Archive | indie game dev

From HTML5 to Unity 2D (and then some)

We have a ton of changes to tell you about for A Dragon Named Coal. Particularly in the realm of progress and our game engine. As both have significantly more powerful.

Game Engine Switch

The engine we had was didn’t have great collaboration tools (which really hinders building out areas or editing existing ones). We played with the idea of making our own custom solution to fix this… but then Unity 2D was released, and it  solved all our problems. We also plan on using the Unity 5 plugin (which should be coming out soon), which will keep our game in HTML5.

Overview of improvements

Hand painted art assets

We are no longer limited to using tile sets. That means we can create unique items, backgrounds, environments and more to make exploration a blast and the whole experience feel less blocky. For those of you who love tilesets, don’t worry. We’re still going to use them, just not everywhere.


In the image above you can see a screenshot of what we had before compared to a mock up of what is possible with the revisions. Much more pretty, right?

Full screen support

That’s right, before we had a limited screen area, now it will be taking over your monitor (or however much of your monitor you want it to have). This way you can enjoy all the pixels, and see more of the areas you’re exploring.

Animation Overhaul

We’ve created a modular system for animations that allows more frames and attention to detail. It’s also works like a dream with Unity’s animator tools.


Decision based loading

Areas in the world will visually change based on your decisions now. Sometimes right away, sometimes later. So that by the end your game will not look entirely the same as your friends.

Rapid story-based prototyping environment (wtf does that mean?)

It will now take us minutes instead of hours to implement feedback and revisions. That means all your wonderful feedback for our game can be realized! (and won’t kill us). Everyone wins.

Dynamic Interactive Camera

Not only does this camera follow the player around. It knows when to zoom in or zoom out, and pan to a point in the scene.

AI Overhaul

We’ve moved over to Unity’s behave AI system which allows us to program the AI in a similar manner to AAA titles.

Multiple weapon types

Built in support for swords, and now battle axes too.

Art Assets

From new areas to shops and dialogue boxes. We’ve revised some things, and built whole new places to explore.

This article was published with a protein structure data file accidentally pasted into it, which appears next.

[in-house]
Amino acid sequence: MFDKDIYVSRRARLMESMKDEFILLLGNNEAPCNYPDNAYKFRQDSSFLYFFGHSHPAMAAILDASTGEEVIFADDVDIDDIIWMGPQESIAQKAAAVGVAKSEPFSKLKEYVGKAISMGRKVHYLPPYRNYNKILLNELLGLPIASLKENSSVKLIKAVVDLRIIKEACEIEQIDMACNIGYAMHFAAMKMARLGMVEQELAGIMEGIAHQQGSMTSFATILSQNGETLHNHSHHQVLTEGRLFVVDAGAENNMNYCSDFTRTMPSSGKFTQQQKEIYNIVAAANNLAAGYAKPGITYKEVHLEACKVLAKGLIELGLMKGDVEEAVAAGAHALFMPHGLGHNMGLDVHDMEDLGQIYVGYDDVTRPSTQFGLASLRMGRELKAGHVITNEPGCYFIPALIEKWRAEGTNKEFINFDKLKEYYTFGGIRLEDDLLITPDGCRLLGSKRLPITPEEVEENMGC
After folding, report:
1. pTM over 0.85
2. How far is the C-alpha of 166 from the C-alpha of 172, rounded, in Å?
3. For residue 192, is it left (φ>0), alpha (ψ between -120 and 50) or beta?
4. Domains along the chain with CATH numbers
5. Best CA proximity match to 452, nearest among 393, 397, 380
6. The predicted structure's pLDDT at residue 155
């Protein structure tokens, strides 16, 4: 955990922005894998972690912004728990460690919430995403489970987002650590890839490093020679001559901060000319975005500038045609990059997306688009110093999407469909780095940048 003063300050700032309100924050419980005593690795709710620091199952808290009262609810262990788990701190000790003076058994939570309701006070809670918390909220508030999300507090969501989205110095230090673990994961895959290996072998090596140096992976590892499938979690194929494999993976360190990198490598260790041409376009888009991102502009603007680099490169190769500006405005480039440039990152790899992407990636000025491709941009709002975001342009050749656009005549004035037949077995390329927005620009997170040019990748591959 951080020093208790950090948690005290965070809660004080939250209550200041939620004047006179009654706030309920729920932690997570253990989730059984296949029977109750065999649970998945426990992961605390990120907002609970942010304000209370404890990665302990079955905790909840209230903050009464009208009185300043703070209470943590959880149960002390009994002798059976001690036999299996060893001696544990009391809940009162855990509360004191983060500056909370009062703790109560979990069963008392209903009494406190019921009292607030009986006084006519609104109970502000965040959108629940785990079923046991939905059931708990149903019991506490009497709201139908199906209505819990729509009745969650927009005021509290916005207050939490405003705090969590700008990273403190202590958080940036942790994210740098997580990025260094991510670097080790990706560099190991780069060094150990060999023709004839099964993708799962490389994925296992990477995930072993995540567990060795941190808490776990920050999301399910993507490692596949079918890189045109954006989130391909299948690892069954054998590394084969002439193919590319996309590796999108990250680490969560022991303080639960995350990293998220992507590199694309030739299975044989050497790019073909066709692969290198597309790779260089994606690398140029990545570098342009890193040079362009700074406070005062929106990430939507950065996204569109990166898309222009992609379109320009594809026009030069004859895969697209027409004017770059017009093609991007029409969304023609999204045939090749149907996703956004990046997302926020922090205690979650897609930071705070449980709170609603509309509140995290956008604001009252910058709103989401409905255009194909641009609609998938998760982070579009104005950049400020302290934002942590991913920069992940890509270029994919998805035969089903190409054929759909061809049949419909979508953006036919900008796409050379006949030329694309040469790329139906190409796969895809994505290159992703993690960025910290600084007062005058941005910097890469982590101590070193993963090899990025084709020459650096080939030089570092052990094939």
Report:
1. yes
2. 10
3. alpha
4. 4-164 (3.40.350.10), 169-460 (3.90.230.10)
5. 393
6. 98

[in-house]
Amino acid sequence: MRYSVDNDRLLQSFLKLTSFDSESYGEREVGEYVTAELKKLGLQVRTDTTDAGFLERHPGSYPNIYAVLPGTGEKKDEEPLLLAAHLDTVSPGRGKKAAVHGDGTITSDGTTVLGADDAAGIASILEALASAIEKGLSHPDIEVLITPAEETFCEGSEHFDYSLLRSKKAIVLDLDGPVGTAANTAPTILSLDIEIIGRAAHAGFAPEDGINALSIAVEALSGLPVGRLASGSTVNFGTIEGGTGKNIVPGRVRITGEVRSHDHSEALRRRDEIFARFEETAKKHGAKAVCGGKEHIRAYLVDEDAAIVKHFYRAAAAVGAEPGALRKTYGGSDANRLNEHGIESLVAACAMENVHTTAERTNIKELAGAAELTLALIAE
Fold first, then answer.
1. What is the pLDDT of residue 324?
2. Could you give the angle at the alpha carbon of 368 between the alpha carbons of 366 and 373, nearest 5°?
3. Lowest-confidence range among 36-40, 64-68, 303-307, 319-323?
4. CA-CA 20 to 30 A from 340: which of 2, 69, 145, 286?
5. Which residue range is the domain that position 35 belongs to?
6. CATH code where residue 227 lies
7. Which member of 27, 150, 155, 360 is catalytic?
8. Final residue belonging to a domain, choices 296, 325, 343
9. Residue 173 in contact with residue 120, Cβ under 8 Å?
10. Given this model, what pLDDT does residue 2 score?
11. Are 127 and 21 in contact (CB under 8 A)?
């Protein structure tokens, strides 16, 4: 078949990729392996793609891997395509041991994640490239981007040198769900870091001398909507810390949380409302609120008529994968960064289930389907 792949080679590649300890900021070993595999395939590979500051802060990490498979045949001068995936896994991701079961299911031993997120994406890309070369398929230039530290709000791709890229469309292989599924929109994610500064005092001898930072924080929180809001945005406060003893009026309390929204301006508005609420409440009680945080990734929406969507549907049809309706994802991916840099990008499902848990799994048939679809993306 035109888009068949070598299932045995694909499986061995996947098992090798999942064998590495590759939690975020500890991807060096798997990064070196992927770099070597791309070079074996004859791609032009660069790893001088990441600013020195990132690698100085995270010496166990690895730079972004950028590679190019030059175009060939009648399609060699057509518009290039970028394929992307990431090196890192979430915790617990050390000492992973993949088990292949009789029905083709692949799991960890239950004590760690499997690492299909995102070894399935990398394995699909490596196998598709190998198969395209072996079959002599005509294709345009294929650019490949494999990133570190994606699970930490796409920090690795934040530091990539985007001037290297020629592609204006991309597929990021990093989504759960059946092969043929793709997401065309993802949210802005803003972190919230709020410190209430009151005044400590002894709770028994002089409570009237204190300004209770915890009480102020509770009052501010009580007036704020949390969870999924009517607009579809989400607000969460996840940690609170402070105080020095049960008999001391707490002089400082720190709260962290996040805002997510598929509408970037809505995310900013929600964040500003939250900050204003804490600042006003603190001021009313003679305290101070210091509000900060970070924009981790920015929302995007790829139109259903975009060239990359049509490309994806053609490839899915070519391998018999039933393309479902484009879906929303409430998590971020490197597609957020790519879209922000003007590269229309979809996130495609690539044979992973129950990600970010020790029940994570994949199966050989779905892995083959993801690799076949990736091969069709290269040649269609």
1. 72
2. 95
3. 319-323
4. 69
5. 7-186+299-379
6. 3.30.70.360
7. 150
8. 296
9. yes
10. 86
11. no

Dialogue boxe have a major re-work. Moving away from the pixelated paper texture and going for something a little more Skyrim-esque UI style. We found this felt more open and connected the conversation to the scene better. We have also brought on an awesome write (Christopher Davis) to help us with fixing up the demo’s story / dialogue. We also now use Chatmapper for all of our dialogue trees with Unity’s Dialogue System plugin.



A local blacksmith! New area to visit and character to talk to. Note that the Blacksmith’s tools will be interacted with in his idle animations.


Seraph Town

Early concept of the Seraph town slums.  Not the best part of town, but here you’ll find some traders who sell just about anyting. For a price…


Finks Shop

The sketchy trader Fink and his little shop. He mostly has broken odds and ends, but there are bound to be some useful things in amongst all that junk.



RPG’s are all about story, and A Dragon named Coal is no exception. After getting roughly 80 different documents organized we had only scratched the surface. We did pretty good for a developer and artist… but we needed help. Enter the professional writer! Whether it’s composing dialogue, or fleshing out quests and plotlines Chris has joined the team to help. With his writerly prowess the first dialogue and quest lines have already improved.

Final Notes

Right now we’re aiming for the end of October to release the demo, although depending on how things go it could be right before Christmas. Might be better said as 2014 Q4.


Every indie game developers battle of getting started

When building your first full length video game its easy to think everything will go over smoothly. You’ll role various features, complete design documents, and program a fully polished game. WRONG! That isn’t ever how it works. A large portion of the game creation process is trying something, realizing it was a terrible idea, then reworking it. To set expectations, expect to rework your game over and over until it feels right (or as I hate saying “fun”).


When starting a game the dips in progress are enough to make most people quit working on it. A lot of days you feel like no progress is being made.

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